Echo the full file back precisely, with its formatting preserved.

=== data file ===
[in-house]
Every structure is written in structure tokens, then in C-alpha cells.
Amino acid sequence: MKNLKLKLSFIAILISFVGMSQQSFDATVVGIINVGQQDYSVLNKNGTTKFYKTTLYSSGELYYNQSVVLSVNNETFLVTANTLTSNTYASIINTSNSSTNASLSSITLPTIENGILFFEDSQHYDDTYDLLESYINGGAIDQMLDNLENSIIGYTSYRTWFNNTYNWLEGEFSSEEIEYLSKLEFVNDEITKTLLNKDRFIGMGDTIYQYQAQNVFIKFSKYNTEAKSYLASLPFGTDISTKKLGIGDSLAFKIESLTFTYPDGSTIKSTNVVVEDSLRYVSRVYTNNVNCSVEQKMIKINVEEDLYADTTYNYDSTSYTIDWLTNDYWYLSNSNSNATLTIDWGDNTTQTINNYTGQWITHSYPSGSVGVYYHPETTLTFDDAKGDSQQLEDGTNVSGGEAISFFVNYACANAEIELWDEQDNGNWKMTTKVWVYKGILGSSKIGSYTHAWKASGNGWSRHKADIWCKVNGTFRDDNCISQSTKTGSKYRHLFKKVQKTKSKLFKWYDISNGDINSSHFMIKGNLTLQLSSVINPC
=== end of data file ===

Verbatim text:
[in-house]
Every structure is written in structure tokens, then in C-alpha cells.
Amino acid sequence: MKNLKLKLSFIAILISFVGMSQQSFDATVVGIINVGQQDYSVLNKNGTTKFYKTTLYSSGELYYNQSVVLSVNNETFLVTANTLTSNTYASIINTSNSSTNASLSSITLPTIENGILFFEDSQHYDDTYDLLESYINGGAIDQMLDNLENSIIGYTSYRTWFNNTYNWLEGEFSSEEIEYLSKLEFVNDEITKTLLNKDRFIGMGDTIYQYQAQNVFIKFSKYNTEAKSYLASLPFGTDISTKKLGIGDSLAFKIESLTFTYPDGSTIKSTNVVVEDSLRYVSRVYTNNVNCSVEQKMIKINVEEDLYADTTYNYDSTSYTIDWLTNDYWYLSNSNSNATLTIDWGDNTTQTINNYTGQWITHSYPSGSVGVYYHPETTLTFDDAKGDSQQLEDGTNVSGGEAISFFVNYACANAEIELWDEQDNGNWKMTTKVWVYKGILGSSKIGSYTHAWKASGNGWSRHKADIWCKVNGTFRDDNCISQSTKTGSKYRHLFKKVQKTKSKLFKWYDISNGDINSSHFMIKGNLTLQLSSVINPC